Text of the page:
One of Iowa’s largest Republican donors, whose company is seeking to build a carbon dioxide pipeline across Iowa, has urged state lawmakers to pass Governor Kim Reynolds’ “school choice” proposal.

Bruce Rastetter sent identical emails to numerous members of the Iowa House and Senate, from both parties, on January 19. The message (enclosed in full below) called the plan for state-funded accounts to cover private school costs “historic” and “important to families all across Iowa.”

Rastetter is the founder and CEO of Summit Agricultural Group. Its affiliate Summit Carbon Solutions is seeking to build a CO2 pipeline linking 30 ethanol plants in five states, and Rastetter has signed appeals to landowners in the pipeline’s path as Summit seeks voluntary easements. Summit has filed for but not yet received a permit from the Iowa Utilities Board. Its plan (along with other carbon pipeline proposals) has aroused intense opposition in rural Iowa.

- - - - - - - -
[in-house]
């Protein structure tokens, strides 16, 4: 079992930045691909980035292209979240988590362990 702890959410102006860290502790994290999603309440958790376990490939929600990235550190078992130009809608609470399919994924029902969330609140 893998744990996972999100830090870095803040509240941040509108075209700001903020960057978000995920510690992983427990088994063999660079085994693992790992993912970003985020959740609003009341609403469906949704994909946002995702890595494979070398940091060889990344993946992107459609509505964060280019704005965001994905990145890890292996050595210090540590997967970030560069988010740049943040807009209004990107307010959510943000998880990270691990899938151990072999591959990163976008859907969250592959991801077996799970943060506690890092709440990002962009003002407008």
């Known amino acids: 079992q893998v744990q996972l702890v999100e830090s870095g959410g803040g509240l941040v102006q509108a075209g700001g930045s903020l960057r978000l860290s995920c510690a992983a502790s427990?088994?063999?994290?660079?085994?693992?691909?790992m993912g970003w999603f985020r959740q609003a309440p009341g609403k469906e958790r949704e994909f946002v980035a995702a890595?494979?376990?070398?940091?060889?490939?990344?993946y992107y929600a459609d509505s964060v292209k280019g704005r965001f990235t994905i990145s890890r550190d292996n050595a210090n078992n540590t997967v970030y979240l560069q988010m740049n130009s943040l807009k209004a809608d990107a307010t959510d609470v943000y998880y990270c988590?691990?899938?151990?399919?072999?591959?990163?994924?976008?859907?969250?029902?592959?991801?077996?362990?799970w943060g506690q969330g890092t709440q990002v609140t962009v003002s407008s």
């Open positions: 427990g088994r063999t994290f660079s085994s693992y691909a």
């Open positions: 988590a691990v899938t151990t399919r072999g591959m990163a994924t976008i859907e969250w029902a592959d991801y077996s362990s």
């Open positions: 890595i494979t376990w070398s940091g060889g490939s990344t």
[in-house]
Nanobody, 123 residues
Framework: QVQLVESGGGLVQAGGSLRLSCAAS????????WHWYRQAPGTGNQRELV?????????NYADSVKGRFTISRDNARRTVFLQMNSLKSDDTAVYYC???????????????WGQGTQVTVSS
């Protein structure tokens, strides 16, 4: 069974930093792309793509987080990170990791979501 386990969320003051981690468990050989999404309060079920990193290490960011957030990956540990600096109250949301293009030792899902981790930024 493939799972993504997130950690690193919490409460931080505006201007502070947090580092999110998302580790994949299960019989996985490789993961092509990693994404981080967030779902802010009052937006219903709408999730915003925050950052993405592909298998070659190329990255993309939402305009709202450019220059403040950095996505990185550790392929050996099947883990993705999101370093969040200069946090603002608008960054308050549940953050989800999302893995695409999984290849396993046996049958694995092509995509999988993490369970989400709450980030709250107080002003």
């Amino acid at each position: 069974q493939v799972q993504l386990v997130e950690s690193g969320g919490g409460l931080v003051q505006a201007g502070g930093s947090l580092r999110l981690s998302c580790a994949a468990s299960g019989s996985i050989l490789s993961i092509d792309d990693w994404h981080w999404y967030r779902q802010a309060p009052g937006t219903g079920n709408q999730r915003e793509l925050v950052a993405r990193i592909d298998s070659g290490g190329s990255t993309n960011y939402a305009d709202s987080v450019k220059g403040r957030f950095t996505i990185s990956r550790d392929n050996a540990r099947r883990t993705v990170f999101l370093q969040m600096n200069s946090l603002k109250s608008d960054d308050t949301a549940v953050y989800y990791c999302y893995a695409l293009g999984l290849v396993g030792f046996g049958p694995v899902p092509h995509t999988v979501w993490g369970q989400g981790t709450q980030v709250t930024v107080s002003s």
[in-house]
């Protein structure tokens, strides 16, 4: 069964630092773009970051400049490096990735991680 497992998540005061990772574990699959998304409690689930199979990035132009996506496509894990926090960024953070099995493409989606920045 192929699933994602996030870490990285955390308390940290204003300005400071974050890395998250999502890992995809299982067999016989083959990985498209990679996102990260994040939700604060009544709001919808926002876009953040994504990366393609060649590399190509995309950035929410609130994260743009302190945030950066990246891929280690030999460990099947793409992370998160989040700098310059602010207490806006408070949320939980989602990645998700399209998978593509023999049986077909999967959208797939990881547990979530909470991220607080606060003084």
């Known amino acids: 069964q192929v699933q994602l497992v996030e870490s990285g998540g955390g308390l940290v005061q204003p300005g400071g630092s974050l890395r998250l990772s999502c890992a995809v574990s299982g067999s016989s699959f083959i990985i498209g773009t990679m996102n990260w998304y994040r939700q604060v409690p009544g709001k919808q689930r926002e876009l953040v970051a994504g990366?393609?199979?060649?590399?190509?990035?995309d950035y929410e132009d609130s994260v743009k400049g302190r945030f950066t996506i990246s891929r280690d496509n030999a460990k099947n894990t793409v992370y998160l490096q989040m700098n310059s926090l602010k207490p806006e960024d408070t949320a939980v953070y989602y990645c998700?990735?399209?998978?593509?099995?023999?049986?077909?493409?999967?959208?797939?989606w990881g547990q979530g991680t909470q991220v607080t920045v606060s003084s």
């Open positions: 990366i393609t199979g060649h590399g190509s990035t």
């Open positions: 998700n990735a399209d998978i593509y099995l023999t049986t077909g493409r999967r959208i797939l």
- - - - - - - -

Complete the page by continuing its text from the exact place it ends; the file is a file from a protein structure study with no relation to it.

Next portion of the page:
Summit’s lobbyists have not registered a position on the school voucher bill, which Iowa House and Senate committees approved this week. Republican leaders are expected to bring it up for floor votes in both chambers next week.

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Five ways Kim Reynolds changed her school voucher plan

As expected, Governor Kim Reynolds devoted a significant share of her Condition of the State speech on January 10 to her plan to divert more public funds to private K-12 schools across Iowa.

Although the central purpose of the plan remains the same—giving state funds to families who choose to send their children to a private school—the latest version is vastly larger in scope, and will be more costly.

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Who's who in the Iowa Senate for 2023